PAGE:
Putting faith in science

Larry Witham
THE WASHINGTON TIMES Published 10/22/2001
This article is from The Washington Times
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     William Phillips' life changed in more than one way after the impromptu press conference for his 1997 Nobel Prize in physics.
     "I said something like, 'There are many people I want to thank, and I'd also like to thank God for giving us such a wonderful and interesting universe to explore," the Gaithersburg resident said in an interview.
     Such accolades for a deity, which are rare in Nobel settings, put Mr. Phillips on the radar screen of the science and religion movement.
      Yesterday, the churchgoing physicist addressed a main showcase of the movement, the Science and the Spiritual Quest II conference at Harvard University.
     "Being an ordinary scientist and an ordinary Christian seems perfectly natural to me," he told the gathering of several hundred at the Havard Memorial Church. "For others, however, it appears strange, even astonishing, that someone could be serious about science and about faith."
     If a half-century ago people believed that science and religion were at war with each other, the new movement says it doesn't have to be so.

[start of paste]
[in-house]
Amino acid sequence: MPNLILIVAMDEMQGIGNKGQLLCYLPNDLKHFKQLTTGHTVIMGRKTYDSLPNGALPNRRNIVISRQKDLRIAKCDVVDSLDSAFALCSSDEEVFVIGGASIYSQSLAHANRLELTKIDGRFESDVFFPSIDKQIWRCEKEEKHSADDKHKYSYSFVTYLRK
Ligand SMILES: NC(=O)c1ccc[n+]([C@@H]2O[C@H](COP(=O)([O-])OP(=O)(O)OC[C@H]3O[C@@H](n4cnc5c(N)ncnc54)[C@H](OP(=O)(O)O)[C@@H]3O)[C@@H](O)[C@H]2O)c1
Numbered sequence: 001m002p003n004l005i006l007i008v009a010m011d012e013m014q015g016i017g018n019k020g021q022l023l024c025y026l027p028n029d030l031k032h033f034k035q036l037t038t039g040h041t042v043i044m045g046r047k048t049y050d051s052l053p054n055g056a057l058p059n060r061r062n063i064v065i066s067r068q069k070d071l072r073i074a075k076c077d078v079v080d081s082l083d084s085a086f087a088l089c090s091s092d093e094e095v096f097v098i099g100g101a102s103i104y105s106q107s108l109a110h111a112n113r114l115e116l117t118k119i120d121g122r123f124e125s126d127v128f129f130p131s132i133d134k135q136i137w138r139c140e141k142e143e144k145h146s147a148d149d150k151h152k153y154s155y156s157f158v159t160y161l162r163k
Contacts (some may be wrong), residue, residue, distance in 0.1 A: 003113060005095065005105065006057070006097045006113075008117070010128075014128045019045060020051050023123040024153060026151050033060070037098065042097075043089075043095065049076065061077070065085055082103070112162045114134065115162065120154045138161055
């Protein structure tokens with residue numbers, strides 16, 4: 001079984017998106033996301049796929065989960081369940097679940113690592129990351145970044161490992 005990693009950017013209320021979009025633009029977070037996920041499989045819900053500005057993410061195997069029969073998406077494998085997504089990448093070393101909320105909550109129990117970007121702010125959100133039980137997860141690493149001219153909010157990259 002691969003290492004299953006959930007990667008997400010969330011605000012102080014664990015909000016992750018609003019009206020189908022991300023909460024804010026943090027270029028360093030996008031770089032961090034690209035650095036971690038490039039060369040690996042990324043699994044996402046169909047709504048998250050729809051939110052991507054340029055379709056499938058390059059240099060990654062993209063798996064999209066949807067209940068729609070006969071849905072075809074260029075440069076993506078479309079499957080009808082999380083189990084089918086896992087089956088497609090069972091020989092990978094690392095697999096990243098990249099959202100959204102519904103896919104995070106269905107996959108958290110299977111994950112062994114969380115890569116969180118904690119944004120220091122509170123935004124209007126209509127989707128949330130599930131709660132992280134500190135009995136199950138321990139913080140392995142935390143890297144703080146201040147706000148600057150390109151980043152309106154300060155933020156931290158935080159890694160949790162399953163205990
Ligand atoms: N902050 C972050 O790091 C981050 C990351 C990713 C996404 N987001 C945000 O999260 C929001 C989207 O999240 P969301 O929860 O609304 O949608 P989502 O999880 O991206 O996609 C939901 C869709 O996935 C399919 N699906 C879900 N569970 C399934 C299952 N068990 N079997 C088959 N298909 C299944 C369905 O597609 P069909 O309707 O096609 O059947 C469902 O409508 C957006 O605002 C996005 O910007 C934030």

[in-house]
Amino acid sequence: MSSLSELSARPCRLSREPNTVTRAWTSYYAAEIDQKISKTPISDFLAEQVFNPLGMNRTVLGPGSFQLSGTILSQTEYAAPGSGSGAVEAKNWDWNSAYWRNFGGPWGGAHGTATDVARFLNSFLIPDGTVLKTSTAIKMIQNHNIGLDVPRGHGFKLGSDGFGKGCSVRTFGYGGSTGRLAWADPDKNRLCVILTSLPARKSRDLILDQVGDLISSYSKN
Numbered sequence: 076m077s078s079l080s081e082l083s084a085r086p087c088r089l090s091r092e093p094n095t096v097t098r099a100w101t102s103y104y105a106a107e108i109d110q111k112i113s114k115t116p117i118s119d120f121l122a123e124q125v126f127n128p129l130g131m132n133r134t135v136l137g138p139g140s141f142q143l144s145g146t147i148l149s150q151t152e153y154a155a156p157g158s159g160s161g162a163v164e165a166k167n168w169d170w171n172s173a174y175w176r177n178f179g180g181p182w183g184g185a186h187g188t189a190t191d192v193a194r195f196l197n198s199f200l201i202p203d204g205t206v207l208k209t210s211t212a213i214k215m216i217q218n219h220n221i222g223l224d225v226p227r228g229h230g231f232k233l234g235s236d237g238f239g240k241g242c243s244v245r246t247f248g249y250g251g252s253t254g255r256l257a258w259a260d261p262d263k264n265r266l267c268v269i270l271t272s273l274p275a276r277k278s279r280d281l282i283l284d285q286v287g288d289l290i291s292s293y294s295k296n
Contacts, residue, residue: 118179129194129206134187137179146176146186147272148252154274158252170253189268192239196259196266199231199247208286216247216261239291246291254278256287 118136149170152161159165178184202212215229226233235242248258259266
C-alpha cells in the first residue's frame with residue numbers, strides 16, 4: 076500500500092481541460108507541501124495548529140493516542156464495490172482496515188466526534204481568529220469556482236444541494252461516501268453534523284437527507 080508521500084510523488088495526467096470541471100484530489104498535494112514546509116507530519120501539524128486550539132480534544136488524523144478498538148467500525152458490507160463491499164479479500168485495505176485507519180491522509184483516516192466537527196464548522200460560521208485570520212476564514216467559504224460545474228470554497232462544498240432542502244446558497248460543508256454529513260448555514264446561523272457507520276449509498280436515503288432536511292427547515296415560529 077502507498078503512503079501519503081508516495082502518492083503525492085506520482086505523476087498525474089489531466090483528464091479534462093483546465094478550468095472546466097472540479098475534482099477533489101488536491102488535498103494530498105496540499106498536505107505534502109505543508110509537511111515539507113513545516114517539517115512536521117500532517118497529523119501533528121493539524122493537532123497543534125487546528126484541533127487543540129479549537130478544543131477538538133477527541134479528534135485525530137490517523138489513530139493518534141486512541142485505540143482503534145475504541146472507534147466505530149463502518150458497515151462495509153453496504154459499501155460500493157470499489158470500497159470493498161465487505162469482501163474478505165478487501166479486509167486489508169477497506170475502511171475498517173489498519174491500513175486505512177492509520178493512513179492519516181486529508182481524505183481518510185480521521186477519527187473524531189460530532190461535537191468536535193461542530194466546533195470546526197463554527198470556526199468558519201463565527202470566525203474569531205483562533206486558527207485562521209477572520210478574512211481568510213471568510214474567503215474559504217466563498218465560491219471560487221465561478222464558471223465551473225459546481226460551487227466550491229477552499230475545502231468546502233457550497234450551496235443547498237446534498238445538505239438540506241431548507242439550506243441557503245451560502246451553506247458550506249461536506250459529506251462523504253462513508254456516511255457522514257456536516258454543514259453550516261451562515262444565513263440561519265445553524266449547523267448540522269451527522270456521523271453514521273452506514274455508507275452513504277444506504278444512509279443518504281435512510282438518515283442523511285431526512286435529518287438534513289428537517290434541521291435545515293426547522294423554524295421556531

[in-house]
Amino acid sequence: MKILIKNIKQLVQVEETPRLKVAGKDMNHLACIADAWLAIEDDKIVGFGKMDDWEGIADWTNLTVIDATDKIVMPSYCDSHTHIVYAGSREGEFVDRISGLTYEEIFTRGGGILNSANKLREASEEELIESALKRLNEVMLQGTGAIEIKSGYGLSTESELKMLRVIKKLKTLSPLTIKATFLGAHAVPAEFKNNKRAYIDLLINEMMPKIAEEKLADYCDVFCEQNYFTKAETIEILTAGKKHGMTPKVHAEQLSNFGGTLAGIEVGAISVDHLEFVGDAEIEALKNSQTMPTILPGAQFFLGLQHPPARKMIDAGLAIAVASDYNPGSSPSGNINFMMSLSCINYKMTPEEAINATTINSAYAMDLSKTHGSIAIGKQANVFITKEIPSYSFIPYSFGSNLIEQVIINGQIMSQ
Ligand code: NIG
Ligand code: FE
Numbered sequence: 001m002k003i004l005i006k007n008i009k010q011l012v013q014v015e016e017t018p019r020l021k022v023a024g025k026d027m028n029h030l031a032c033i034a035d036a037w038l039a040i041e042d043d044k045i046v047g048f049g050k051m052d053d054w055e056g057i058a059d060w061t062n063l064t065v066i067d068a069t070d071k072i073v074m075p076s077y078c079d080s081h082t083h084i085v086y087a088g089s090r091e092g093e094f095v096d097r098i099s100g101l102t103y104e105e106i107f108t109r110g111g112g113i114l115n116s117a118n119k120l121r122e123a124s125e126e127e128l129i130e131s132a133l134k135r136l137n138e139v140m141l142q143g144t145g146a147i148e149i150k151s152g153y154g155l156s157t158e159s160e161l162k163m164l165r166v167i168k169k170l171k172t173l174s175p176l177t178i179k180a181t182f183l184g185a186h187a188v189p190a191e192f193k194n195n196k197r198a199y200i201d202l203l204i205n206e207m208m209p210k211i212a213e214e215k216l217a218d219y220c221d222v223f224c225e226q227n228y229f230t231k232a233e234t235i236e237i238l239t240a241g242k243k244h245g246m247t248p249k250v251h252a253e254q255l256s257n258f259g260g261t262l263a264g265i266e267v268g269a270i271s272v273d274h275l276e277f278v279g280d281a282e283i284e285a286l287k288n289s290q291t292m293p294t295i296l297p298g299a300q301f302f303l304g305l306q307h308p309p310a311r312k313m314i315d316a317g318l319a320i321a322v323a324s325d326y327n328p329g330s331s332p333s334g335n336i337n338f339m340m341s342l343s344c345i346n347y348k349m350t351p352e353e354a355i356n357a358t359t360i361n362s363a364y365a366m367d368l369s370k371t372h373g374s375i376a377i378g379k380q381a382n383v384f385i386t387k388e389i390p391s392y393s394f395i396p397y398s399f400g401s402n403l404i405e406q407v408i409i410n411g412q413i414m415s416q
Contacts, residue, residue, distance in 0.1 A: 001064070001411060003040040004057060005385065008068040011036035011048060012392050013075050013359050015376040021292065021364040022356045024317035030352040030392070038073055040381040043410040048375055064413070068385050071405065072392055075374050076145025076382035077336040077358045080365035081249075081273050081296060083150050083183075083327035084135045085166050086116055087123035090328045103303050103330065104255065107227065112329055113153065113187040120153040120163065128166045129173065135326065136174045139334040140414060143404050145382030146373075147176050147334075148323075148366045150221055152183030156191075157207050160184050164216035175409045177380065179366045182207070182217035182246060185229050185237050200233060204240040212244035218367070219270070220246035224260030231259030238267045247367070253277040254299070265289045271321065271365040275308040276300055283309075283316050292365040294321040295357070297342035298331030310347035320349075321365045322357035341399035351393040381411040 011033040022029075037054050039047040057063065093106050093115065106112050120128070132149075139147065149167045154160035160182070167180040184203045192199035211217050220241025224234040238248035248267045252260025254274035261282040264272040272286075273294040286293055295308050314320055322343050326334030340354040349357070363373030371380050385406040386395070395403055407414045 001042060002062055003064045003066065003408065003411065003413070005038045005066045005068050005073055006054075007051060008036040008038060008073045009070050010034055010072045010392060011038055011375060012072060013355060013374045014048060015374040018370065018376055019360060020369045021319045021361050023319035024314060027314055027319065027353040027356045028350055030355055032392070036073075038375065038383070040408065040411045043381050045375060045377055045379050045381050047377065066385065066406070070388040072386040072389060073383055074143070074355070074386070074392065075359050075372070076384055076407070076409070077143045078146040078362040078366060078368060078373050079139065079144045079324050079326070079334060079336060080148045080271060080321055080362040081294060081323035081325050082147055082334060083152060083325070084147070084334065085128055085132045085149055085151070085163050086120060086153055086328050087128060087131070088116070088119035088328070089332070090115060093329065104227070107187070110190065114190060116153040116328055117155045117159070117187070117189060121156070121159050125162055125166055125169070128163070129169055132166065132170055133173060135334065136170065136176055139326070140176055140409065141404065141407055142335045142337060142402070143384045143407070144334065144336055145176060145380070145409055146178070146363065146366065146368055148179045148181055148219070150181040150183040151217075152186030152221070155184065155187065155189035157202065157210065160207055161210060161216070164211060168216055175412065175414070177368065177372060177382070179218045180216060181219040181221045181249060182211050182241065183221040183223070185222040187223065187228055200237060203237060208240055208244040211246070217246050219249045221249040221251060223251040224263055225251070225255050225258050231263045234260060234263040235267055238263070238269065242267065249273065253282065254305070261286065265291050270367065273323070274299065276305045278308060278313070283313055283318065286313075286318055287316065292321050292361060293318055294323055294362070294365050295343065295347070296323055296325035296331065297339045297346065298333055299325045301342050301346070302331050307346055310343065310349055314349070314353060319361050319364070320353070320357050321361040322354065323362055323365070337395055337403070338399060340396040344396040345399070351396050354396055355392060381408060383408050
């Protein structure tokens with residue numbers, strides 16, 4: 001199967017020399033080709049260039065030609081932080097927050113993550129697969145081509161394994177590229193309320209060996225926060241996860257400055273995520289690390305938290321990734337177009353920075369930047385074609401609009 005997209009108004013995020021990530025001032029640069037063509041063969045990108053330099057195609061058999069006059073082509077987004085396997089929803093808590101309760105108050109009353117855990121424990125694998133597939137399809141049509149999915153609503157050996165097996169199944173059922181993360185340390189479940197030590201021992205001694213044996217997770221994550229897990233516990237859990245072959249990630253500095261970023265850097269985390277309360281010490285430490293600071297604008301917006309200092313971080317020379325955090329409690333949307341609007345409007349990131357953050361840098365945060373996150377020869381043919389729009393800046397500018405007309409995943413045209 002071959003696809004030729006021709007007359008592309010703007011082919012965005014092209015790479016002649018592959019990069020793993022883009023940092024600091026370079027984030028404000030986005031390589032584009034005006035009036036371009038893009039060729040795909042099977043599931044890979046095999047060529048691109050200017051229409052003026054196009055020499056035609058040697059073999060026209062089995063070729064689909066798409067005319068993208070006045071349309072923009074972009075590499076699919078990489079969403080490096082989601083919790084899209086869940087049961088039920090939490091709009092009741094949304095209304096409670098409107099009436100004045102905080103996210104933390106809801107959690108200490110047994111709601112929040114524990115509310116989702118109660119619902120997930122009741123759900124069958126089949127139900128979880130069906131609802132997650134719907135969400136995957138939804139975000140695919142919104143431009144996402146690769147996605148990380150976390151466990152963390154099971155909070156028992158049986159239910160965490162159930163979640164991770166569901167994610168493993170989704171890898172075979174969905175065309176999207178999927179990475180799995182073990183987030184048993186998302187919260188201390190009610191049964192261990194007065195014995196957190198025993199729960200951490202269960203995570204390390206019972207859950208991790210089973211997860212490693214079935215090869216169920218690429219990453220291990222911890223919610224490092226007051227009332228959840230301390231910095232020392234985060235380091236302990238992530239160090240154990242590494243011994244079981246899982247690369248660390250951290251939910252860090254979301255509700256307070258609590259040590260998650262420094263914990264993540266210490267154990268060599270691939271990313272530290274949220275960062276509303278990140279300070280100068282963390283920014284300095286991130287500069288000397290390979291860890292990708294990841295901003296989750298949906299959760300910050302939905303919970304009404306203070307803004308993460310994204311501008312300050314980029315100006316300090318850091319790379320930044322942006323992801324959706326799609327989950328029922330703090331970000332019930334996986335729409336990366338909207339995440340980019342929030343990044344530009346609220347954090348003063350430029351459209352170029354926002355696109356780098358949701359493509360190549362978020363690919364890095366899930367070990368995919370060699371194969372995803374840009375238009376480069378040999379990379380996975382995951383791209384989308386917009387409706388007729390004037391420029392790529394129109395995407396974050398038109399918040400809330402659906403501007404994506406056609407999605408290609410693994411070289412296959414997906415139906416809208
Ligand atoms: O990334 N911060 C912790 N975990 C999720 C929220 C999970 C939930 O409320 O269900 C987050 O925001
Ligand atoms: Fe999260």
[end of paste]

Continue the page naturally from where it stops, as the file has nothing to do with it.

At the forefront of the warming relations are scholars, scientists, philanthropists, and a growing number of Americans who like reading books on the subject. The Harvard event is the second of its kind, following a similar conference held at Berkeley in 1998.
     Both events gathered 60 scientists in the fields of biology, physics and cosmology, and computer science, who wrote papers, met in closed conferences, and cultivated friendships. They then took their experience public in a culminating event.
     "The idea is for some of the scientists to share with the public what they've discussed in private for two years," said Phillip Clayton, a visiting professor of religion at Harvard and organizer of the three-day assembly, which is funded by the John Templeton Foundation. "In the very bastion of higher education, they'll speak of an openness to religious questions and a belief in higher beings."
     Some controversy is expected.
     After the first conference, which generated a great amount of media coverage, including a Newsweek cover story titled "Science Finds God," some hard-nosed scientists objected to the dalliance with theology. More traditional believers questioned what scientists know about faith, and objected to some of their efforts to redefine it.
     But the key goal is being achieved - to make the subject of religion credible in the world of science. "In eight years since [the idea] began, we've watched this transformation," Mr. Clayton said.
     After 20 years of political drama and headlines about the evolution-versus-creation debate, Americans tend to think that subject alone constitutes the "science-religion" dialogue. It has also perpetuated the image that science and religion are at war.
     "The ordinary believer, and, more important, the person seeking to find belief, needs reassurance that science isn't antagonistic to belief," said the Rev. Arthur Peacocke, a biologist and former agnostic who, after playing a role in the DNA revolution, became an Anglican priest.